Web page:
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Putin’s war on Ukraine has ‘driven US-Russia relations into the depths,’ US ambassador to Moscow says

By Jennifer Hansler, CNN

The Russian war on Ukraine has “driven US-Russia relations into the depths,” US Ambassador to Russia John Sullivan told CNN on Thursday.

Although the top envoy did not say that the relationship between Washington and Moscow was at its absolute lowest point, Sullivan noted that it was “about as bad as it could be.”

“US-Russia relations were bad when I arrived here in January of 2020,” and “they have just gotten worse, spiraled downward, since then,” he said.

In an interview from Moscow with Alisyn Camerota on “CNN Newsroom,” Sullivan said there has been “very little engagement with the Russian government,” and his communications have focused on the detained US citizens and “the functioning of our embassy,” which is under sharp restrictions imposed by the Russian government.

On Wednesday, American Trevor Reed was released from Russian custody in a prisoner swap — a major development in which Sullivan was a key player. However, other Americans remain detained, including Brittney Griner and Paul Whelan, the latter of whom has asked why he was “left behind.”

“Why was I left behind? While I am pleased Trevor is home with his family, I have been held on a fictitious charge of espionage for 40 months,” Whelan said in a statement to his parents and shared with CNN. “The world knows this charge was fabricated. Why hasn’t more been done to secure my release?”

Sullivan told CNN that he “couldn’t agree with Paul more in the sense that he has been convicted of a fabricated charge.”

“I’ve been advocating for his release both publicly in negotiations with the Russian government since before I got here as ambassador, when I was deputy secretary of state when Paul was originally arrested back in December of 2018,” he said.

“I’ve never relented in my advocacy for Paul in engagement with the Russian government, for Paul’s release,” Sullivan added, noting that “this case, Trevor’s case, is just one step.”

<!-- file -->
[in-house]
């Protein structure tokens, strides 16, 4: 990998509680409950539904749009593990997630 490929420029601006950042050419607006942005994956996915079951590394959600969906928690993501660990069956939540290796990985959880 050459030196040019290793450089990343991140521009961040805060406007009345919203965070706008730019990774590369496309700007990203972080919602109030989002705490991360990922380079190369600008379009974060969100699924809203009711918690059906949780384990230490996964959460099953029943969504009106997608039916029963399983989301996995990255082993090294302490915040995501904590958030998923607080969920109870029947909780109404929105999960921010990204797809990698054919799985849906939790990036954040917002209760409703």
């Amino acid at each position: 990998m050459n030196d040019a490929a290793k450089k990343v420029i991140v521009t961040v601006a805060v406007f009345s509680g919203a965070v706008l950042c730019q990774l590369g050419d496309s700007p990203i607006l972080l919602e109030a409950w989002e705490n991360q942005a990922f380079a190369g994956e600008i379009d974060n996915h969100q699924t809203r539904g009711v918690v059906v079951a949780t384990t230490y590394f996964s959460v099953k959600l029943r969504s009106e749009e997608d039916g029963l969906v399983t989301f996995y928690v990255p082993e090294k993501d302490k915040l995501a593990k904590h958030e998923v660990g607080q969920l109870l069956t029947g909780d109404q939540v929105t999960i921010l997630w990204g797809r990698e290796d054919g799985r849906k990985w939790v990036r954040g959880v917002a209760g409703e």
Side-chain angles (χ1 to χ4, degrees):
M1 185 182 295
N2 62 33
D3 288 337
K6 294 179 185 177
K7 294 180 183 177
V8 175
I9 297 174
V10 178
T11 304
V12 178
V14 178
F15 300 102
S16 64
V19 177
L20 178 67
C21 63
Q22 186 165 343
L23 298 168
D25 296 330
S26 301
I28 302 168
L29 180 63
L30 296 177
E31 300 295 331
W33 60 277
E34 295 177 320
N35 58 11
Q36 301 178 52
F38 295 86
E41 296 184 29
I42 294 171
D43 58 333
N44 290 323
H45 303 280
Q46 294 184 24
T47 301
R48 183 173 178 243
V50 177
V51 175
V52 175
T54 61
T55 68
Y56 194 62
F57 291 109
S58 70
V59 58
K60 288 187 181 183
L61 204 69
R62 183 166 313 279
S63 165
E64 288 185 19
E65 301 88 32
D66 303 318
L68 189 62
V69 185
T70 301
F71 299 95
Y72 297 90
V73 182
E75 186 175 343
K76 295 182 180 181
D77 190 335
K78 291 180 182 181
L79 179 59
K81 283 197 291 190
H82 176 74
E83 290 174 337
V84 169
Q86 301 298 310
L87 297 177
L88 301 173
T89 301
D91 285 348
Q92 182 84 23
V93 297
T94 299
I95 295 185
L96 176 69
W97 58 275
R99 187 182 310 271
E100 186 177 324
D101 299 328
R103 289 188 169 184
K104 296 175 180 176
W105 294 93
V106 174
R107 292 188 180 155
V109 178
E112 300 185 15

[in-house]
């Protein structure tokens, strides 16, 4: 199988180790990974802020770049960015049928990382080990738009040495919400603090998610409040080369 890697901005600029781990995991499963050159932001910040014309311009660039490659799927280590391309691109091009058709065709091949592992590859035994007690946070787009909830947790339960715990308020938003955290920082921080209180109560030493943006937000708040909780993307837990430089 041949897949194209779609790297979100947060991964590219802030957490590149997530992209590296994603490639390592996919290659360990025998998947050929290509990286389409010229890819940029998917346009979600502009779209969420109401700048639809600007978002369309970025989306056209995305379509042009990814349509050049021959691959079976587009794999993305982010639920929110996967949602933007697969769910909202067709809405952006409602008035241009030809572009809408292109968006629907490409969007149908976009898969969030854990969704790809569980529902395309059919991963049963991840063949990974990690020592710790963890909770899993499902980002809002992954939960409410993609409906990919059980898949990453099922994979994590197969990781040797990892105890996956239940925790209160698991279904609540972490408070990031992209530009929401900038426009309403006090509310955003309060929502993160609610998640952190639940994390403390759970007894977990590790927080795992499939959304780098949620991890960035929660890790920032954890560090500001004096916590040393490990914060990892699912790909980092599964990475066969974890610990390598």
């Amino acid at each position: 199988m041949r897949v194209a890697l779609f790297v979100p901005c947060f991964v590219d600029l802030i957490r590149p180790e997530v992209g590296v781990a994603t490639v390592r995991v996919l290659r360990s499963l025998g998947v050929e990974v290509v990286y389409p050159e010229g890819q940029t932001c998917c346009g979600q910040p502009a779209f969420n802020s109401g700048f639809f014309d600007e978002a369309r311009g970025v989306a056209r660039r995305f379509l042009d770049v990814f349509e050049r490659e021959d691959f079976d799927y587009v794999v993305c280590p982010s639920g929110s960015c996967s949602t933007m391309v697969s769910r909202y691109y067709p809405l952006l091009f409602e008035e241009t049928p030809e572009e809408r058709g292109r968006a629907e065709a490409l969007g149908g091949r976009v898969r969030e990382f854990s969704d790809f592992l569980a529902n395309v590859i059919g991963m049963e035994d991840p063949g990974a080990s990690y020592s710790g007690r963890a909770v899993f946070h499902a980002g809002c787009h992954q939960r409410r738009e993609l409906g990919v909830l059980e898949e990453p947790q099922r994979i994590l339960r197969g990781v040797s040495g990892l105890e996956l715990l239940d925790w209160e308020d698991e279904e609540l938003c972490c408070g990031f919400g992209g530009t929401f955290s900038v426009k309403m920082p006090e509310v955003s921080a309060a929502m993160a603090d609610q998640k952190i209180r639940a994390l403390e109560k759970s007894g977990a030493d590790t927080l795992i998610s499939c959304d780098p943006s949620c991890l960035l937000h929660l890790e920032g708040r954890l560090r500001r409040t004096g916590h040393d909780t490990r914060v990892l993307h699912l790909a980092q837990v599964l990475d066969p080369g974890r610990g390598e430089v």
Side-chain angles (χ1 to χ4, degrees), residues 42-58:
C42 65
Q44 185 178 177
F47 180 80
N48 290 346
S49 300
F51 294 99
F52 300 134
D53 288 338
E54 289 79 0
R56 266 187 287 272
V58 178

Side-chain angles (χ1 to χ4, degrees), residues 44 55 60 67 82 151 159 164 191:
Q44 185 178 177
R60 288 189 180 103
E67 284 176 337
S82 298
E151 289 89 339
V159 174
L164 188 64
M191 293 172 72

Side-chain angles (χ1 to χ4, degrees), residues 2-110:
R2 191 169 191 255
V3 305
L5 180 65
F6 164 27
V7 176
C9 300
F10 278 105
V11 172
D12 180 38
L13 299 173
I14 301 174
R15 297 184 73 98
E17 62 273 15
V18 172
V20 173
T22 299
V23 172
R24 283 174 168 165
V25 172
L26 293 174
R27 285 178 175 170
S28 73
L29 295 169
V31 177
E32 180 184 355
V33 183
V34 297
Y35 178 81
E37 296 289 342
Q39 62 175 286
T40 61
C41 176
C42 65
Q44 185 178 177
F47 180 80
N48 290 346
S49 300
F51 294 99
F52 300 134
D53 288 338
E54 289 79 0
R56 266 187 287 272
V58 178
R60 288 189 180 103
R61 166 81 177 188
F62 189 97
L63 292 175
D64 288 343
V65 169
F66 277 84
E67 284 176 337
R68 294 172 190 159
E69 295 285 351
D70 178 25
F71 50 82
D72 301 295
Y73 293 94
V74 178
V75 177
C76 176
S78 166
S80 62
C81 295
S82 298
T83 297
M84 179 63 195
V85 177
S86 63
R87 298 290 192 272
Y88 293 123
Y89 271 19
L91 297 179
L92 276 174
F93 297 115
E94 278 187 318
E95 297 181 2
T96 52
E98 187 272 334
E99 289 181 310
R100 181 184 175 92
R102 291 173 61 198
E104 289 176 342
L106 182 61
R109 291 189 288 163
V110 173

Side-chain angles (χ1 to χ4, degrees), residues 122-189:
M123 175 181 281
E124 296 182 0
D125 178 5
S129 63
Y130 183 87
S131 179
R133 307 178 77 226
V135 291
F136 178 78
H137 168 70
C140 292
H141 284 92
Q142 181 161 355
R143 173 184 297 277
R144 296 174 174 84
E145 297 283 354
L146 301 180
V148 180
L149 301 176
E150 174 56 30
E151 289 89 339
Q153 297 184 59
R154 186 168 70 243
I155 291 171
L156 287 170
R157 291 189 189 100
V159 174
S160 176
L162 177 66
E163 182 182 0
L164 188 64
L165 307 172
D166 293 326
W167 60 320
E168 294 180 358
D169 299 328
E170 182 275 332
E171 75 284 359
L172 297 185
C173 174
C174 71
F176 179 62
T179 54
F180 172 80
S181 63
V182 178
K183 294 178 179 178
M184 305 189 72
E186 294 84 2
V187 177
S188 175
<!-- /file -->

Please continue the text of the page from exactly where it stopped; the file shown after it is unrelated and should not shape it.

On the Russian war in Ukraine, Sullivan suggested it is up to one man — Russian President Vladimir Putin — to bring the brutal conflict to an end.

“This war started with a decision by President Putin; this war will end with a decision by President Putin,” he said, adding that the United States is “going to do all we can to make sure that that decision is a strategic defeat for him and his government, and not a victory for him in Ukraine.”

The US ambassador said the rhetoric about Russia potentially using nuclear weapons has escalated in “a dramatically irresponsible way recently,” but noted it “isn’t new,” citing pre-war conversations that would “spiral” to warnings about nuclear confrontation if the US and NATO continued to support Ukraine.

“And my reaction on the other side of the table is astonishment,” Sullivan said. “And unfortunately, what we’ve seen most recently is, at the most senior levels of the US government, an escalation of that rhetoric.”

Sullivan said the US has ratcheted down in response, noting that Secretary of Defense Lloyd Austin had paused and then canceled a missile test despite preplanning and notifying the Russian government.

“We do not engage in irresponsible rhetoric with respect to nuclear weapons,” Sullivan told CNN.

The US is “prepared to deter nuclear aggression against the United States,” he added.

“We won’t succumb to nuclear blackmail, but we won’t tolerate nuclear saber rattling and nuclear brinksmanship,” he said.

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